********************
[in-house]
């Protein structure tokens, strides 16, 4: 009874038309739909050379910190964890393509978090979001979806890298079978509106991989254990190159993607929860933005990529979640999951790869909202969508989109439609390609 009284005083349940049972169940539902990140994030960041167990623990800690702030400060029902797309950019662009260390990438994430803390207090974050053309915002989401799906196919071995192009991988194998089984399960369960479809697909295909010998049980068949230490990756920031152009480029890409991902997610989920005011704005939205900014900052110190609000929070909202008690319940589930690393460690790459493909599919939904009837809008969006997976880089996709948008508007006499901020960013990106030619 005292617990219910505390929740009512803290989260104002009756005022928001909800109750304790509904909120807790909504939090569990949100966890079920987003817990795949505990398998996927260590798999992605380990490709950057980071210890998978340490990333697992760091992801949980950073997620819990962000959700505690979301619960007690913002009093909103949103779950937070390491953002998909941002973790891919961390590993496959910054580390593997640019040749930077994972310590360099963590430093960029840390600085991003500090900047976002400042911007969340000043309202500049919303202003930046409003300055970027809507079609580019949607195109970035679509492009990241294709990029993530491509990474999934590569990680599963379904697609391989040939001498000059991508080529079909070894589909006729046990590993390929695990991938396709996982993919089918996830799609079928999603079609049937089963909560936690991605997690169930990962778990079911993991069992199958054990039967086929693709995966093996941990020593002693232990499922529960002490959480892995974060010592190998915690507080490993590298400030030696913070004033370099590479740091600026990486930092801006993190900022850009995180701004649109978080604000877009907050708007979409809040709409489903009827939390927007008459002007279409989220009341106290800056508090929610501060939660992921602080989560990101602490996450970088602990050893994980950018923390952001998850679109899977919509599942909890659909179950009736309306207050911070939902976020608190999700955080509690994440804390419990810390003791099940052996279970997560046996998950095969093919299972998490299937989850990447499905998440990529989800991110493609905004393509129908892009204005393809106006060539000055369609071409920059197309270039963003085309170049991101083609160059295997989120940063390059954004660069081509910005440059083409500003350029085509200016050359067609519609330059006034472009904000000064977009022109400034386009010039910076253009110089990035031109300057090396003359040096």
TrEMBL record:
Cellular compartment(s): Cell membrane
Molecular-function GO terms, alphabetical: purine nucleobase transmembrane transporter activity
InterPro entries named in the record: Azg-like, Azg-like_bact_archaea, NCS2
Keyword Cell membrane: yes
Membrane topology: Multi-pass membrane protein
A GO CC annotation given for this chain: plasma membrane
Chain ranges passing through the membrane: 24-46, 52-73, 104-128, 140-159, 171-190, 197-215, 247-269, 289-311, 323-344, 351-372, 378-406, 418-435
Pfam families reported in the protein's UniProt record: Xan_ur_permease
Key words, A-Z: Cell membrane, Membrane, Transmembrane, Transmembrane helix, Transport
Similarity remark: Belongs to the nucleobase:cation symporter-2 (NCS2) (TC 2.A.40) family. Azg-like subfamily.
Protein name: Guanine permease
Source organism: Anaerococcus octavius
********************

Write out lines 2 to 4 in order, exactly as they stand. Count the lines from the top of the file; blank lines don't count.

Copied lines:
């Protein structure tokens, strides 16, 4: 009874038309739909050379910190964890393509978090979001979806890298079978509106991989254990190159993607929860933005990529979640999951790869909202969508989109439609390609 009284005083349940049972169940539902990140994030960041167990623990800690702030400060029902797309950019662009260390990438994430803390207090974050053309915002989401799906196919071995192009991988194998089984399960369960479809697909295909010998049980068949230490990756920031152009480029890409991902997610989920005011704005939205900014900052110190609000929070909202008690319940589930690393460690790459493909599919939904009837809008969006997976880089996709948008508007006499901020960013990106030619 005292617990219910505390929740009512803290989260104002009756005022928001909800109750304790509904909120807790909504939090569990949100966890079920987003817990795949505990398998996927260590798999992605380990490709950057980071210890998978340490990333697992760091992801949980950073997620819990962000959700505690979301619960007690913002009093909103949103779950937070390491953002998909941002973790891919961390590993496959910054580390593997640019040749930077994972310590360099963590430093960029840390600085991003500090900047976002400042911007969340000043309202500049919303202003930046409003300055970027809507079609580019949607195109970035679509492009990241294709990029993530491509990474999934590569990680599963379904697609391989040939001498000059991508080529079909070894589909006729046990590993390929695990991938396709996982993919089918996830799609079928999603079609049937089963909560936690991605997690169930990962778990079911993991069992199958054990039967086929693709995966093996941990020593002693232990499922529960002490959480892995974060010592190998915690507080490993590298400030030696913070004033370099590479740091600026990486930092801006993190900022850009995180701004649109978080604000877009907050708007979409809040709409489903009827939390927007008459002007279409989220009341106290800056508090929610501060939660992921602080989560990101602490996450970088602990050893994980950018923390952001998850679109899977919509599942909890659909179950009736309306207050911070939902976020608190999700955080509690994440804390419990810390003791099940052996279970997560046996998950095969093919299972998490299937989850990447499905998440990529989800991110493609905004393509129908892009204005393809106006060539000055369609071409920059197309270039963003085309170049991101083609160059295997989120940063390059954004660069081509910005440059083409500003350029085509200016050359067609519609330059006034472009904000000064977009022109400034386009010039910076253009110089990035031109300057090396003359040096």
TrEMBL record:
Cellular compartment(s): Cell membrane